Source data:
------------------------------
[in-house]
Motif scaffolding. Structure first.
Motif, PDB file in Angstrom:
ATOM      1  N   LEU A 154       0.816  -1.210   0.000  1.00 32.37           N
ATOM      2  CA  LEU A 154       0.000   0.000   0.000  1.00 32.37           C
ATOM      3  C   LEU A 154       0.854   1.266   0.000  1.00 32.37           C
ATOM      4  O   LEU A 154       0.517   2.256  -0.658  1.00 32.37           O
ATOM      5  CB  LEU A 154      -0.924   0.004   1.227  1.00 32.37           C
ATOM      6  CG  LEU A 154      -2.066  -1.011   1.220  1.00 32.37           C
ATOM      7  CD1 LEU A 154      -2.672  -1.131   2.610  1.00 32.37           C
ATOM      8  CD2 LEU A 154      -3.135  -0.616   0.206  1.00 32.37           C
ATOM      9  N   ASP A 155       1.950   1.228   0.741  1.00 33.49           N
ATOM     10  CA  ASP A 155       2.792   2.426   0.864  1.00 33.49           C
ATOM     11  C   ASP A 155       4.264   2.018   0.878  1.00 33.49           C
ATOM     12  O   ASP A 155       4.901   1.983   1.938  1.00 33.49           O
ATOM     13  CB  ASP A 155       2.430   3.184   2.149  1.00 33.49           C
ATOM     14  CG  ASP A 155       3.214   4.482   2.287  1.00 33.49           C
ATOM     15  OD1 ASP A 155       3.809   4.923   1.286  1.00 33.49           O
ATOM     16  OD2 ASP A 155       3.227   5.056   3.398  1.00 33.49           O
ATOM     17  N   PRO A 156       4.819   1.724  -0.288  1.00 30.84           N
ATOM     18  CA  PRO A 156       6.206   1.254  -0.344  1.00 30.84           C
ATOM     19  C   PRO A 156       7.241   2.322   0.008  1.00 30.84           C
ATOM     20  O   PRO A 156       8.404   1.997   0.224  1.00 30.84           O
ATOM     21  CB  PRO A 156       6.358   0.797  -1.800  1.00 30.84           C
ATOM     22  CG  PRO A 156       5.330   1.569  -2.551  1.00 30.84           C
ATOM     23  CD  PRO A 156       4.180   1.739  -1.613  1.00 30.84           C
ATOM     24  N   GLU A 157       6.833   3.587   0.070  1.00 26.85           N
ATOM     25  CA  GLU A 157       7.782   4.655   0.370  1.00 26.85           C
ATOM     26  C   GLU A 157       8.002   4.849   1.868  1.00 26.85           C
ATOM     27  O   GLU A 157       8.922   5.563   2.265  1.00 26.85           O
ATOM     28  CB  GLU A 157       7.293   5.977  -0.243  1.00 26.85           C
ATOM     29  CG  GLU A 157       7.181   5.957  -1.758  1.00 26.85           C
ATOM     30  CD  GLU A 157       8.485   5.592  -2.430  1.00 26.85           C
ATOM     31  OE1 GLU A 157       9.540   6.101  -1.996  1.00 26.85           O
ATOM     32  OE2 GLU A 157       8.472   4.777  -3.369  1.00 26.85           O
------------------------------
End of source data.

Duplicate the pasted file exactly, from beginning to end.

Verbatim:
[in-house]
Motif scaffolding. Structure first.
Motif, PDB file in Angstrom:
ATOM      1  N   LEU A 154       0.816  -1.210   0.000  1.00 32.37           N
ATOM      2  CA  LEU A 154       0.000   0.000   0.000  1.00 32.37           C
ATOM      3  C   LEU A 154       0.854   1.266   0.000  1.00 32.37           C
ATOM      4  O   LEU A 154       0.517   2.256  -0.658  1.00 32.37           O
ATOM      5  CB  LEU A 154      -0.924   0.004   1.227  1.00 32.37           C
ATOM      6  CG  LEU A 154      -2.066  -1.011   1.220  1.00 32.37           C
ATOM      7  CD1 LEU A 154      -2.672  -1.131   2.610  1.00 32.37           C
ATOM      8  CD2 LEU A 154      -3.135  -0.616   0.206  1.00 32.37           C
ATOM      9  N   ASP A 155       1.950   1.228   0.741  1.00 33.49           N
ATOM     10  CA  ASP A 155       2.792   2.426   0.864  1.00 33.49           C
ATOM     11  C   ASP A 155       4.264   2.018   0.878  1.00 33.49           C
ATOM     12  O   ASP A 155       4.901   1.983   1.938  1.00 33.49           O
ATOM     13  CB  ASP A 155       2.430   3.184   2.149  1.00 33.49           C
ATOM     14  CG  ASP A 155       3.214   4.482   2.287  1.00 33.49           C
ATOM     15  OD1 ASP A 155       3.809   4.923   1.286  1.00 33.49           O
ATOM     16  OD2 ASP A 155       3.227   5.056   3.398  1.00 33.49           O
ATOM     17  N   PRO A 156       4.819   1.724  -0.288  1.00 30.84           N
ATOM     18  CA  PRO A 156       6.206   1.254  -0.344  1.00 30.84           C
ATOM     19  C   PRO A 156       7.241   2.322   0.008  1.00 30.84           C
ATOM     20  O   PRO A 156       8.404   1.997   0.224  1.00 30.84           O
ATOM     21  CB  PRO A 156       6.358   0.797  -1.800  1.00 30.84           C
ATOM     22  CG  PRO A 156       5.330   1.569  -2.551  1.00 30.84           C
ATOM     23  CD  PRO A 156       4.180   1.739  -1.613  1.00 30.84           C
ATOM     24  N   GLU A 157       6.833   3.587   0.070  1.00 26.85           N
ATOM     25  CA  GLU A 157       7.782   4.655   0.370  1.00 26.85           C
ATOM     26  C   GLU A 157       8.002   4.849   1.868  1.00 26.85           C
ATOM     27  O   GLU A 157       8.922   5.563   2.265  1.00 26.85           O
ATOM     28  CB  GLU A 157       7.293   5.977  -0.243  1.00 26.85           C
ATOM     29  CG  GLU A 157       7.181   5.957  -1.758  1.00 26.85           C
ATOM     30  CD  GLU A 157       8.485   5.592  -2.430  1.00 26.85           C
ATOM     31  OE1 GLU A 157       9.540   6.101  -1.996  1.00 26.85           O
ATOM     32  OE2 GLU A 157       8.472   4.777  -3.369  1.00 26.85           O